Both C# and C++ seem to be falling into the t

      • by fnj (64210)

        I don't think there is any danger of that. You can make a C++ program just as low level as one in C, if you want. You can still compile any C code with a C++ compiler in C++ mode with generally only very minor tweaks to the expressions, and none of the tweaks changing the binary code generated. You can use as much of the added C++ features as you want; anywhere from none of them to all of them. In an ideal world there would be no reason to use a straight C compiler any more. The ways real life departs

        • by Arlet (29997)

          You can still compile any C code with a C++ compiler in C++ mode

          Except when the C code uses C++ keywords. Words like new, this and delete are common enough that there are plenty of C programs using them.

          Another good reason to use a C compiler to compile C code is that the compiler is much simpler, and most likely has fewer bugs.

      • by tepples (727027)

        C# is trying to be the universal very high level language that embraces all paradigms and can be used for everything

        ...except non-PC, non-Microsoft platforms. (For example, MonoTouch and Mono for Android are still priced prohibitively for hobbyists.)

  • But... (Score:5, Insightful)

    by DeathToBill (601486) on Tuesday June 21, 2011 @07:41AM (#36511172) Journal

    This is news for nerds. Stuff that matters. I thought /. abandoned this stuff ages ago...

    • by geekoid (135745)

      No, not at all. There are just as many articles like this as there was 12 years ago... there's just a lot more of political crap, so the ration had changed.

  • by hal2814 (725639) on Tuesday June 21, 2011 @07:47AM (#36511216)
    C++ goes all the way to 11. It's one louder than other languages.
  • by Errol backfiring (1280012) on Tuesday June 21, 2011 @08:01AM (#36511374) Journal
    If the "alternative syntax" from PHP were allowed, the language could even become legible. What I see is still a write-only language.
    • by yarnosh (2055818)
      LOL. PHP as a comparison for readability. $That's->rich();
  • by Alistair Hutton (889794) on Tuesday June 21, 2011 @08:37AM (#36511760) Homepage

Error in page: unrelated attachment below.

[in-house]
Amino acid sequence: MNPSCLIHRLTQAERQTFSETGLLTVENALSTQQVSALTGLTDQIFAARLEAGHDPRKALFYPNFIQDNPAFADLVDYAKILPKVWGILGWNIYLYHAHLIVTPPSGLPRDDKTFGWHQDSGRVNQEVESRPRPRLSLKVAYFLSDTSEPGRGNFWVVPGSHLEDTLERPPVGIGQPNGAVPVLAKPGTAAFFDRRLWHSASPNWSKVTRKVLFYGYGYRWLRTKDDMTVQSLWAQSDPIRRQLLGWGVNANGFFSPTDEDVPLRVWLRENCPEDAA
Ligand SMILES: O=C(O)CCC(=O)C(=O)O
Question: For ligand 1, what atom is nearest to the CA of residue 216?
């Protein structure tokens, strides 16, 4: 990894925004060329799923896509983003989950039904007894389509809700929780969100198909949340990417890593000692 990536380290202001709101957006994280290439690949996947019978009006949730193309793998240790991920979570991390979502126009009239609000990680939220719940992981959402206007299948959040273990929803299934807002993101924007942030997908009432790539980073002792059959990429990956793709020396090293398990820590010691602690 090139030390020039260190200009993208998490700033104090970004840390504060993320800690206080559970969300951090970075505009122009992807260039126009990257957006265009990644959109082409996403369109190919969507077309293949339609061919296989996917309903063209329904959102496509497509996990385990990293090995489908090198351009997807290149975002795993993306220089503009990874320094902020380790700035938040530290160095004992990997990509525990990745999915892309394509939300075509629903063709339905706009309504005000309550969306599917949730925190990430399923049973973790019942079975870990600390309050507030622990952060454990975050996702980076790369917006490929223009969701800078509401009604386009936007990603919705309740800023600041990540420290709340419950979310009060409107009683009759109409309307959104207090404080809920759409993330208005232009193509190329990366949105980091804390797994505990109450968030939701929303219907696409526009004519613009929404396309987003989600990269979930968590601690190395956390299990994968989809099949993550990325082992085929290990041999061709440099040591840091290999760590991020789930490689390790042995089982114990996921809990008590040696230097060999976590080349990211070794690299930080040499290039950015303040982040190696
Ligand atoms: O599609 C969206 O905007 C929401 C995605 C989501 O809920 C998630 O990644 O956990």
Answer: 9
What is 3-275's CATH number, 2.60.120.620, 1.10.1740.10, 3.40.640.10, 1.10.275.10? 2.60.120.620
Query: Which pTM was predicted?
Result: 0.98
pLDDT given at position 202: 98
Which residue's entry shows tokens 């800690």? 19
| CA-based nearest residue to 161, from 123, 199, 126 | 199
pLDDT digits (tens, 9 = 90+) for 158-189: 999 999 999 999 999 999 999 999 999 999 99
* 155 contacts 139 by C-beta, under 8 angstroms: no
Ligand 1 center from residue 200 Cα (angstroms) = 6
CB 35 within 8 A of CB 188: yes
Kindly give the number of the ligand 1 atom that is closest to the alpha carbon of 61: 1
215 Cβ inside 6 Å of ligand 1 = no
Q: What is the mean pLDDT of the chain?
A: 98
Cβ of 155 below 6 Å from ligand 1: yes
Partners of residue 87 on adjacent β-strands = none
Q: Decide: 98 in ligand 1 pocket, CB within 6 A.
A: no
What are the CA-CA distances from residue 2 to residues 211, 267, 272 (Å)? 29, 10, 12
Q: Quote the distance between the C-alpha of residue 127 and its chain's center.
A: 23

I love had back in the day C++ advocate sneered at ADA due to that fact that ADA was "designed by committee". Now C++ is the ultimate example of a design by committee language. And that committee is huge.
    • by rmstar (114746)

      Now C++ is the ultimate example of a design by committee language. And that committee is huge.

      Huge indeed, but judging by the results, not particularly good.

      A doc that needs to be read by more people is the C++ Frequently Questioned Answers [yosefk.com].

      • A doc that needs to be ignored is the FQA. The author seems to have some sort of thing about denigrating C++, and either doesn't know what he's talking about or lies a lot.

        I went through one random section carefully. (If necessary, I can go through another one carefully and report.) It's bad.

  • by SanityInAnarchy (655584) <ninja@slaphack.com> on Tuesday June 21, 2011 @08:48AM (#36511924) Journal

    It's been awhile since I've had to do any C++, so maybe I'm just missing something, but it seems like either there's a lot of retarded functionality here, or there's a lot of TFA which introduces a feature, even motivates it, but doesn't actually explain what the new version looks like. For example, with "Rvalue References":

    void naiveswap(string &a, string & b)
    {
    string temp = a;
    a=b;
    b=temp;
    }
    This is expensive. Copying a string entails the allocation of raw memory and copying the characters from the source to the target...

    Ok, first, what? I thought standard library string implementations were supposed to be efficient, and include some sort of copy-on-write semantics, which would (I would hope) make the above a shuffle-pointer-around instruction instead of a copy-data-around instruction.